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Nóirín O'Sullivan (File photo) Laura Hutton/Photocall Ireland
Justice Committee

Acting Garda Commissioner denies the force has not supported Maurice McCabe

Finian McGrath questioned Nóirín O’Sullivan’s assertion that senior gardaí were in contact with the whistleblower “on a daily basis”.

ACTING GARDA COMMISSIONER Nóirín O’Sullivan has said that she will ensure allegations of harassment against Sergeant Maurice McCabe are fully investigated.

O’Sullivan said that she had asked the acting Garda confidential recipient, retired judge Patrick McMahon, to contact McCabe’s solicitor to find out the exact details of the alleged intimidation.

She made the comments at a meeting of the Oireachtas Justice Committee this afternoon about the effectiveness of the Garda Síochána Act 2005 in relation to oversight of the force.

When Sinn Féin TD Pádraig MacLochlainn said he was “deeply alarmed” about claims that McCabe was being regularly intimiated by colleagues, O’Sullivan said that she would not accept “bullying, harassment or intimidation of any kind of any of our members”.

She added that “senior Garda management are very supportive of Garda McCabe and in contact with him on a daily basis”, noting he had been “forwarded every support that is there”.

Deputy Finian McGrath questioned this, saying he had been made aware that no member of the force had contacted McCabe about the issue.

O’Sullivan said that this “wasn’t [her] understanding of the issue”.

McGrath asked if she had ever ordered that McCabe be banned from using the PULSE system. She denied this, noting she had in fact restored his access.

O’Sullivan added that every member of the force was “on a learning curve … in terms of whistleblowers and how they need to be treated”.

She said that she welcomed gardaí raising issues of concern about conduct within the force, describing this as “a catalyst for change”.

‘A defining moment’

O’Sullivan said that the recent controversies that have engulfed the force provide “an unique opportunity” for reform.

This is a defining moment in the history of our policing service.

She said that in the ten years since the Garda Síochána Act was introduced, Irish society and public expectations of the force have changed.

O’Sullivan admitted that trust in the entire administration of justice and policing in Ireland had been shaken in recent months, but said that the force were “working very, very hard and tirelessly … to restore public confidence”.

She said that the Garda Síochána Ombudsman Commission (GSOC) played a vital part in maintaining trust in policing, but warned: “Gardaí should not investigate gardaí”.

However, she noted that retired gardaí could be hired by GSOC.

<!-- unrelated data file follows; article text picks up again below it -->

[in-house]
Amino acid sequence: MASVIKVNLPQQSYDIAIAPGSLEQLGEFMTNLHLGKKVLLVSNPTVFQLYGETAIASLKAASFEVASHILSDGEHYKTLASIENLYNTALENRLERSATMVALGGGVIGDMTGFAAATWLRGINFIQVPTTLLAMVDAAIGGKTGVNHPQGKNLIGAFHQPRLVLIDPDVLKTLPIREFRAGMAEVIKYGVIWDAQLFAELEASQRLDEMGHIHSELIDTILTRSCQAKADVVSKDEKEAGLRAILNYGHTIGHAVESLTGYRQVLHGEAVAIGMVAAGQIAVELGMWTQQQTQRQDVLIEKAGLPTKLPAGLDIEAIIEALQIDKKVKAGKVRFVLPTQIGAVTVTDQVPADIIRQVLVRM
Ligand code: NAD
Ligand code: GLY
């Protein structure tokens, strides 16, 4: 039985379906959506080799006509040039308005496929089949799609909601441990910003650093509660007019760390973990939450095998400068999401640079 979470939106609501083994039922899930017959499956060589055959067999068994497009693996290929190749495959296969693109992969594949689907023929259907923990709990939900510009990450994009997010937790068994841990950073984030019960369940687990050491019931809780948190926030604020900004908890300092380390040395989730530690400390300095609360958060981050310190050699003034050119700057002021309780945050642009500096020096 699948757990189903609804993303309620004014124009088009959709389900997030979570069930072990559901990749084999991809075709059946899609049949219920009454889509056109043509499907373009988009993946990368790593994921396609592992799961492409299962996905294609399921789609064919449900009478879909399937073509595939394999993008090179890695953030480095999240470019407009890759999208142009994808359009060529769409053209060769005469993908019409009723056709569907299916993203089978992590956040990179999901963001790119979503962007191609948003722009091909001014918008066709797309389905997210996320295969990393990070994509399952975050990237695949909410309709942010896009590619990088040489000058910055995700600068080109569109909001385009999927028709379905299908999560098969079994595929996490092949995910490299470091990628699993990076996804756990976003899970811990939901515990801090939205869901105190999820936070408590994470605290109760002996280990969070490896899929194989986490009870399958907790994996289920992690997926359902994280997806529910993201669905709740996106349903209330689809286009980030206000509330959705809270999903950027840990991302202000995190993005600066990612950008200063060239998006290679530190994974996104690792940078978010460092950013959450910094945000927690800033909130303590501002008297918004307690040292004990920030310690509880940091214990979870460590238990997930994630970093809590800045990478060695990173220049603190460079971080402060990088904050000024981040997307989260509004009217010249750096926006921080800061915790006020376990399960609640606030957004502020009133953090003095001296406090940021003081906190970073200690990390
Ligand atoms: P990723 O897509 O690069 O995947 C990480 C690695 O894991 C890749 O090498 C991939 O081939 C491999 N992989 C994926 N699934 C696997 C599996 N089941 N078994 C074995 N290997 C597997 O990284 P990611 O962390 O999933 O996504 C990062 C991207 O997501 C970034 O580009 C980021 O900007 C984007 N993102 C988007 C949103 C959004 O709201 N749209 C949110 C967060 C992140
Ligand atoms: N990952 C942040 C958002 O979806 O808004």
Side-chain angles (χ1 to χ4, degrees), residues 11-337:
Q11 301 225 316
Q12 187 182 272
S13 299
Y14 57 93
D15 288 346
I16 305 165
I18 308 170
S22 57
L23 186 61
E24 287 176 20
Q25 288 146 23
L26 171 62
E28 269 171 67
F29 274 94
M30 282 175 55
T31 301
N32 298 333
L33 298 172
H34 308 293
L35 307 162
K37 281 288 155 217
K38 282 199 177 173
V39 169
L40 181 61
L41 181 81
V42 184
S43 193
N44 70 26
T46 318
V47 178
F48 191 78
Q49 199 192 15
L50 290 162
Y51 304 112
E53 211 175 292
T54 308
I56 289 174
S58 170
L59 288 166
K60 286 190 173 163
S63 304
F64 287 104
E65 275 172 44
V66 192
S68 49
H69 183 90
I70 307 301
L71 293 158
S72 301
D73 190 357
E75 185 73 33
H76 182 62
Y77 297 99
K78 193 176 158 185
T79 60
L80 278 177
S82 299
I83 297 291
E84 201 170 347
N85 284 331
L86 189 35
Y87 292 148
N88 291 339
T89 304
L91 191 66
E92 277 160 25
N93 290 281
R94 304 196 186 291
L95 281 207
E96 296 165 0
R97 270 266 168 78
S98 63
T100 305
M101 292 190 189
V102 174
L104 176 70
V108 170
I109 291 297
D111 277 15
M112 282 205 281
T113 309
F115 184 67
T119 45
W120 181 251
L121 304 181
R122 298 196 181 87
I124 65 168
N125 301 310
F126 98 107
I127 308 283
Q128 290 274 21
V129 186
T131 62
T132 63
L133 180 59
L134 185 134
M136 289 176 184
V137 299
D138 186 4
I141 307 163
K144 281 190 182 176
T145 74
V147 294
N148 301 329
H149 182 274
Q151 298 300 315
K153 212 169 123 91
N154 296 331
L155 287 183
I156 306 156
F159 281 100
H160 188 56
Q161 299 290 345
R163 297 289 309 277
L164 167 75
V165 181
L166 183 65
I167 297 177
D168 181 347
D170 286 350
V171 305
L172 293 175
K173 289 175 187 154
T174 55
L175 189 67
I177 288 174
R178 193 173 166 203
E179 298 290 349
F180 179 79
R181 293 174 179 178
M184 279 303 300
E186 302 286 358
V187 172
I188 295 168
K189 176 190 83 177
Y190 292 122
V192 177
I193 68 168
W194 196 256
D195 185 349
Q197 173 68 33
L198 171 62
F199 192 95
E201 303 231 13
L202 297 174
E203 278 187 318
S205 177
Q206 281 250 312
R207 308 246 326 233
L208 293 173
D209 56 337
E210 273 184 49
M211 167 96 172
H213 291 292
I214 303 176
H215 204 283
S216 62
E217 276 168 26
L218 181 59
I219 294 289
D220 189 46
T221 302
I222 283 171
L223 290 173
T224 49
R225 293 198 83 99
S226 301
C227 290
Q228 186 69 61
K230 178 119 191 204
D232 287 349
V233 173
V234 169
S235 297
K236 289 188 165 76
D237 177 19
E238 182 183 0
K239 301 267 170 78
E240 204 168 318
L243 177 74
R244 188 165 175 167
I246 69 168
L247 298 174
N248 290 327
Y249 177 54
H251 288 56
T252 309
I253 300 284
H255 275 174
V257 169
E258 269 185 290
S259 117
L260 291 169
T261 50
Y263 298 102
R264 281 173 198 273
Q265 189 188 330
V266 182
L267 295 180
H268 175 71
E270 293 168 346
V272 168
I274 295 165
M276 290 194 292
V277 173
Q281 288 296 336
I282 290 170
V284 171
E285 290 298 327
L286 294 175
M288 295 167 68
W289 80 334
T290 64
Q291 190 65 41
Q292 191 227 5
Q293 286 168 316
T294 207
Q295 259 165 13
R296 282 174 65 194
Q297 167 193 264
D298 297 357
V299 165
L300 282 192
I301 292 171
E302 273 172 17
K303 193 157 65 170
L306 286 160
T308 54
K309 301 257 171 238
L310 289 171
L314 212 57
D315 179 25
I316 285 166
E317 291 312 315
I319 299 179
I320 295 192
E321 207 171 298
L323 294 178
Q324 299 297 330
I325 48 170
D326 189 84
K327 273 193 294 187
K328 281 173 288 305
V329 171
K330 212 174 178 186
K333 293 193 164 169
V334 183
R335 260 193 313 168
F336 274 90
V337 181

O’Sullivan added that all serious allegations against members of the gardaí should be investigated by GSOC, instead of the current scenario where they are referred back to the gardaí.

The acting commissioner added that filling her role permanently should be done through a process of “open competition” to ensure best international practice.

‘Open to criticism’

O’Sullivan said that the force “must be open to internal and external criticism”, reiterating previous comments where she said “dissent is not disloyalty”.

She noted that gardaí need to “learn to listen” and suggested there is a need for public attitude surveys in this regard.

O’Sullivan said that three main areas needed to be looked at to achieve what is both “good for community and good for policing”:

1. Accountability and transparency in delivery of local policing
2. Investigation of complaints
3. Effective use of resources, ensuring best policing practice

Nuala O’Loan, who was the first Police Ombudsman in Northern Ireland from 1999-2007,  told the committee that the Act needs to “enhance and refine the law and make [GSOC] more independent”.

There has to be a complete separation between GSOC and the State.

Ms O’Loan reiterated O’Sullivan’s stance that no serving member of the force should be part of GSOC, adding that the body would work more effectively if it was able to investigate the Garda Commissioner.

Ronan Brady, a lecturer in Journalism at Griffith College Dublin, said that if the force was under the remit of the Freedom of Information Act recent controversies would have been “less likely” to happen.

Brady added that journalists have told him that the Garda Press Office is a “bulwark against openness”. He said more transparency would aid the force, not damage it.

Read: ‘Dissent is not disloyalty’: Commissioner reacts to new whisteblower allegations

Read: Mick Wallace wants to strengthen GSOC and set up a new garda watchdog

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